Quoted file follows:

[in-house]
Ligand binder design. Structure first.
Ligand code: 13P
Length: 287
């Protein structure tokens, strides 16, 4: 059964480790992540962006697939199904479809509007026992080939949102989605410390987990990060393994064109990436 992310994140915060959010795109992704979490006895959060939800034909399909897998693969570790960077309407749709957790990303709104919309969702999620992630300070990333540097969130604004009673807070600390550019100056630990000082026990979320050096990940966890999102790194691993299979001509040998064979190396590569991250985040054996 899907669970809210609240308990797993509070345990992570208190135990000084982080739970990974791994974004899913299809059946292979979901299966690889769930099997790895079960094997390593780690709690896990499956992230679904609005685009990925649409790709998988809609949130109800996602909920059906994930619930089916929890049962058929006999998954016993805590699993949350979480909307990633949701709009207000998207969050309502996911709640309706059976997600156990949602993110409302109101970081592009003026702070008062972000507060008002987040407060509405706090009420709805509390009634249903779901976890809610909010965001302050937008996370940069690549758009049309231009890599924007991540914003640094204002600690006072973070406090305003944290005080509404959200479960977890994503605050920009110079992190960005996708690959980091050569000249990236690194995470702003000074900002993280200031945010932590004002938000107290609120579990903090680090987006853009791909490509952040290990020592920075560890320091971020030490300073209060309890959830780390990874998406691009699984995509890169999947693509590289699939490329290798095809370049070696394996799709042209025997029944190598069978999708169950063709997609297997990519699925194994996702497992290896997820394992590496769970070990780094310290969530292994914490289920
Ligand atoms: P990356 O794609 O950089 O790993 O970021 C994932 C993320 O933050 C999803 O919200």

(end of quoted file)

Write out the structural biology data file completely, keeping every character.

[in-house]
Ligand binder design. Structure first.
Ligand code: 13P
Length: 287
């Protein structure tokens, strides 16, 4: 059964480790992540962006697939199904479809509007026992080939949102989605410390987990990060393994064109990436 992310994140915060959010795109992704979490006895959060939800034909399909897998693969570790960077309407749709957790990303709104919309969702999620992630300070990333540097969130604004009673807070600390550019100056630990000082026990979320050096990940966890999102790194691993299979001509040998064979190396590569991250985040054996 899907669970809210609240308990797993509070345990992570208190135990000084982080739970990974791994974004899913299809059946292979979901299966690889769930099997790895079960094997390593780690709690896990499956992230679904609005685009990925649409790709998988809609949130109800996602909920059906994930619930089916929890049962058929006999998954016993805590699993949350979480909307990633949701709009207000998207969050309502996911709640309706059976997600156990949602993110409302109101970081592009003026702070008062972000507060008002987040407060509405706090009420709805509390009634249903779901976890809610909010965001302050937008996370940069690549758009049309231009890599924007991540914003640094204002600690006072973070406090305003944290005080509404959200479960977890994503605050920009110079992190960005996708690959980091050569000249990236690194995470702003000074900002993280200031945010932590004002938000107290609120579990903090680090987006853009791909490509952040290990020592920075560890320091971020030490300073209060309890959830780390990874998406691009699984995509890169999947693509590289699939490329290798095809370049070696394996799709042209025997029944190598069978999708169950063709997609297997990519699925194994996702497992290896997820394992590496769970070990780094310290969530292994914490289920
Ligand atoms: P990356 O794609 O950089 O790993 O970021 C994932 C993320 O933050 C999803 O919200």